The clownfish was the first marine aquarium fish which was bred in captivity in the 1970s. The worldwide marine aquarium industry values between $200 million to $300 million according to 2003 United Nations report. According to the American Per Products Association, American households have 1.3 million saltwater aquariums which are home to 9.3 million fish. Many of the wild fish are either imported to the U.S. or caught from the reefs of Hawaii and Florida. This is the reason some conservationists and hobbyists are worried about the reefs due to wild fish trade. The capturing of these fish result in depletion of fish population and destruction of reefs.

According to CORAL Magazine, about 300 species of fish have been bred in captivity. These fish are likely to be more healthy than salt water fish since they are given aquarium food and are less prone to diseases. This is good since ocean acidification and global warming cause large amounts of fish to die. Breeding in homes and small aquariums will prevent that.

“The driver is what the customers want—and the customers want survival,” says John Carberry, chairman and co-founder of Sustainable Aquatics, a major breeder of saltwater fish for the aquarium trade. “Hatchery-raised fish just survive a lot better. It’s economics.”

Fishers in most countries use cyanide to stun the fish in order to catch them easily. This causes reefs to die or be wiped from the area. Despite this practice being illegal, most Asian countries still fish this way.

”Coral reefs are the productive centers of the ocean,” says Judy St. Leger, the president of Rising Tide Conservation, a New York-based program under the SeaWorld & Busch Gardens Conservation Fund, which works to protect reefs by promoting captive breeding. “One way to assure that fish do not have a destructive past is to select animals from aquaculture,” St. Leger says.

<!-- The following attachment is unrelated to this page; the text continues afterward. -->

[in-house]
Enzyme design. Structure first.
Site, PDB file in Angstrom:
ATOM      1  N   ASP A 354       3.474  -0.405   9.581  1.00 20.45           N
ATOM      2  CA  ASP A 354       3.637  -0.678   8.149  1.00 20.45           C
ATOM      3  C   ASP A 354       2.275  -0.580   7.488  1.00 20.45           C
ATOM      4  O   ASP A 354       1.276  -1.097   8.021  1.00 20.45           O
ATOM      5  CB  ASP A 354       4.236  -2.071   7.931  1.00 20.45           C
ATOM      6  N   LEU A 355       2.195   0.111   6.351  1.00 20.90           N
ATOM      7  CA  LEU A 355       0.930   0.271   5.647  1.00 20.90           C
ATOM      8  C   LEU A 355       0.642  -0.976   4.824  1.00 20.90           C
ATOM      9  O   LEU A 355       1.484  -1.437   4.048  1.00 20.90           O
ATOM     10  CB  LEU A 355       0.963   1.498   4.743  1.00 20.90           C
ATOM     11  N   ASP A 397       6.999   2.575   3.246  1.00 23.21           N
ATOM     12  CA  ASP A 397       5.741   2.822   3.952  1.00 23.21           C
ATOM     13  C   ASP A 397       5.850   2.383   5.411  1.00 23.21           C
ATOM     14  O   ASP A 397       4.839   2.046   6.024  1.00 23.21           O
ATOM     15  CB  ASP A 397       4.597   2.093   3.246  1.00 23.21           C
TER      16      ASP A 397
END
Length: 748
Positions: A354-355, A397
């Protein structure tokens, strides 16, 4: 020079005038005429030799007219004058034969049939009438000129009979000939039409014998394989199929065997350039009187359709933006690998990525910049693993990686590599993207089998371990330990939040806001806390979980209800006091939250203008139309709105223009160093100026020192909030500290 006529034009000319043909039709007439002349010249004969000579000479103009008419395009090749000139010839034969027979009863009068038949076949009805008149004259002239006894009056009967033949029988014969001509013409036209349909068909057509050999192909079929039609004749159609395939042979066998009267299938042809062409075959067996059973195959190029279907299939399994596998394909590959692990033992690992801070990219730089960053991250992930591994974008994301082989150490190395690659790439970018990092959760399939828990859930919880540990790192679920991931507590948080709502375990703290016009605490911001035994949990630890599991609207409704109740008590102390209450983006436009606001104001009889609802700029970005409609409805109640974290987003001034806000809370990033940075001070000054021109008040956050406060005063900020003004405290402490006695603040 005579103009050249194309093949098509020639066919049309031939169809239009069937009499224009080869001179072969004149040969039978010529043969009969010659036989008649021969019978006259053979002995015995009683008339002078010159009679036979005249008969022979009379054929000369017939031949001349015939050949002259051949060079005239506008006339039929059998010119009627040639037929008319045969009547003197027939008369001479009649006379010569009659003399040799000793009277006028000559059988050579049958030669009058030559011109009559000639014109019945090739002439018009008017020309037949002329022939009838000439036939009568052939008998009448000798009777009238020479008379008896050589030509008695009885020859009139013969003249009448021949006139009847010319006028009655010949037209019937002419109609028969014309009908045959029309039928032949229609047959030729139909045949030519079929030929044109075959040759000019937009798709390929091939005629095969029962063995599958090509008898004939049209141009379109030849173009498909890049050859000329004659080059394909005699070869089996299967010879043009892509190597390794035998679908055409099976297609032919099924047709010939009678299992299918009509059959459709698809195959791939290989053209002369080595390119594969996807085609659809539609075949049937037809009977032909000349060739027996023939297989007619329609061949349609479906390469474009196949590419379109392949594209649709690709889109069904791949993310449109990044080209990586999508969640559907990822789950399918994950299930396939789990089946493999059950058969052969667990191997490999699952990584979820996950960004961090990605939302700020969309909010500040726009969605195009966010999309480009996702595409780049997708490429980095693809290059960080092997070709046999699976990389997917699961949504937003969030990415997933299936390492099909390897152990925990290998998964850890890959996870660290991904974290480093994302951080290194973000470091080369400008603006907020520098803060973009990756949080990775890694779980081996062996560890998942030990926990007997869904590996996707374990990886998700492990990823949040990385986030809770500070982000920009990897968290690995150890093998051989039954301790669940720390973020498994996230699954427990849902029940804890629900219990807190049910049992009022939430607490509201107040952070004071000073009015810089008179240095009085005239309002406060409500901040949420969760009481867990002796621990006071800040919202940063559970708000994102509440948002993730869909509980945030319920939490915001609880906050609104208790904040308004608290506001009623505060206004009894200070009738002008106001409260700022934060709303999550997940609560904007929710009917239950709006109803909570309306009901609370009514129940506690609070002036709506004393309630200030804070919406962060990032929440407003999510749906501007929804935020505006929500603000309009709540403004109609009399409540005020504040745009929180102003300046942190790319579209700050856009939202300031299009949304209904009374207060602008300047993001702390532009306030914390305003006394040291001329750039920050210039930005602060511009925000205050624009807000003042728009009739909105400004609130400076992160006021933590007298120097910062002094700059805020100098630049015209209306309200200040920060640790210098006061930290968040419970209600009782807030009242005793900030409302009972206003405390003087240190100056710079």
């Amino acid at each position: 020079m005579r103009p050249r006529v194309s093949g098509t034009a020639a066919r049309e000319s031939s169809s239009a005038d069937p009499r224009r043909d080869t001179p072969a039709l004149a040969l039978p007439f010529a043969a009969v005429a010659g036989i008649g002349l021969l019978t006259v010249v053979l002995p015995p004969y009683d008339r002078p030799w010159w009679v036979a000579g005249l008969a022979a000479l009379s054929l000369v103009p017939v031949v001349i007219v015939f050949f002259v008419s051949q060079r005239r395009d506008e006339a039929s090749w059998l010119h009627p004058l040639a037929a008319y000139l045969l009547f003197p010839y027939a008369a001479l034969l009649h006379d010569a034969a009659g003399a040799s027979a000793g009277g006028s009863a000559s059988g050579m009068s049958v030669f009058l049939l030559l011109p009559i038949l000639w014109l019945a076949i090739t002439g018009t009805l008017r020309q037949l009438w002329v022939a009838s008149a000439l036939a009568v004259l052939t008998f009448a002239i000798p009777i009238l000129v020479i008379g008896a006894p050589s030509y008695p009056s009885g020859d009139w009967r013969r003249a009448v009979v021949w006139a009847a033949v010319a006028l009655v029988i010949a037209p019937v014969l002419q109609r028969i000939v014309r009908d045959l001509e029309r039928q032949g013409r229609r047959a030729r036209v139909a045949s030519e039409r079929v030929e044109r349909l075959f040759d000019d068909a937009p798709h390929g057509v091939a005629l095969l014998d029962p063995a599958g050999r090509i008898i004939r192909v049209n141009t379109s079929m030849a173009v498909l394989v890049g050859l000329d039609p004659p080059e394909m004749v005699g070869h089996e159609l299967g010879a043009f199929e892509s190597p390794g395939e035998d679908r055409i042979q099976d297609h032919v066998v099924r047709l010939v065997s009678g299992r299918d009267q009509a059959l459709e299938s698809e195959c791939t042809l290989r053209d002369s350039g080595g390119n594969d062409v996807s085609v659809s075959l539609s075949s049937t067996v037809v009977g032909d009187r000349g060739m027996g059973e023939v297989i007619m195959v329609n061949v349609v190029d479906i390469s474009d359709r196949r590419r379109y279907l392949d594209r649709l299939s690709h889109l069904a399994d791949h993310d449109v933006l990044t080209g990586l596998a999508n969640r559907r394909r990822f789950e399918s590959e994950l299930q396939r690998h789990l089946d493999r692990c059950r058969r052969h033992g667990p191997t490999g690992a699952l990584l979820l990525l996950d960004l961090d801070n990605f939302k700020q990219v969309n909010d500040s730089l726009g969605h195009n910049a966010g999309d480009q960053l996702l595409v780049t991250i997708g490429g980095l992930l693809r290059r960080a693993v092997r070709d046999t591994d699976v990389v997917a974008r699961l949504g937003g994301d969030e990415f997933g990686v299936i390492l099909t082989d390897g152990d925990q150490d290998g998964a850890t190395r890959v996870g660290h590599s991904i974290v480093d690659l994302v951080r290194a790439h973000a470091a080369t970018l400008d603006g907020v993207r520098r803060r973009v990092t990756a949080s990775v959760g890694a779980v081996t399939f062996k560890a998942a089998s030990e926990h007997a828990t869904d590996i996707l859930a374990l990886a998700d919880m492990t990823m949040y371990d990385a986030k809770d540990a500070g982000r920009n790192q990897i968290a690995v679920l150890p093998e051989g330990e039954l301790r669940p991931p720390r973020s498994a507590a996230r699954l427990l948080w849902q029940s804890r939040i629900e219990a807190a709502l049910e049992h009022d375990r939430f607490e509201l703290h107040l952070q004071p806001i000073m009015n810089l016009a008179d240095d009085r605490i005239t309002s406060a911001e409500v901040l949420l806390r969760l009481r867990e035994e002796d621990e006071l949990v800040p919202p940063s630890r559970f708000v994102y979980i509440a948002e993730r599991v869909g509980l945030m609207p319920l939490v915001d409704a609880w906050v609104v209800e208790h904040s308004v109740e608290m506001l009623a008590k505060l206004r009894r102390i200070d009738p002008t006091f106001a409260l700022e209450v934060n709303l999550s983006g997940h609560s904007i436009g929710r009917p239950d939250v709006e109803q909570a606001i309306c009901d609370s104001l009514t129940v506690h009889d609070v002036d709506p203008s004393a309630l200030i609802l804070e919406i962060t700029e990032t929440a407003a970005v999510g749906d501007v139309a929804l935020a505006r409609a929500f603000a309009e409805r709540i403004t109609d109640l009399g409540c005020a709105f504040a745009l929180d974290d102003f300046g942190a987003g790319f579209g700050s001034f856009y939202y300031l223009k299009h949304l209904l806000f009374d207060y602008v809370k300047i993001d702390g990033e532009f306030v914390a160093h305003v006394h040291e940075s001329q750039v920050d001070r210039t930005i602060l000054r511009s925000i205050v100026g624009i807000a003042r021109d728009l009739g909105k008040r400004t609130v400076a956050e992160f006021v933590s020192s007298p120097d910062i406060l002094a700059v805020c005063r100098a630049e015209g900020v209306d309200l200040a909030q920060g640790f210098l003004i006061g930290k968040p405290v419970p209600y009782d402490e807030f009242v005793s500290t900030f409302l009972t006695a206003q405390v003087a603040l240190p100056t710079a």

Blue tangs have not yet been bred in captivity due to their fear of extinction. Tangs aren’t easy to find in the wild. Reefs sometimes have to be broken in order to find them. Also, there are no ways to breed them in captivity due to their difficult egg hatching methods and the struggle to keep them alive. But after the movie Finding Dory, where the titular character Dory is a Blue tang, it is worried they might become the targets of captivity. This was the case after Finding Nemo came out, where Nemo, the titular character, caused the demand for clownfish to increase.

The main reason behind keeping fish in captivity is that fisheries or large marine aquarium companies will not turn to the oceans to find fish. When that happens, many fish die and much of the coral reefs are destroyed. To prevent this, fish are bred in captivity so they are right there in little aquariums without any worry of hurting the marine ecosystem.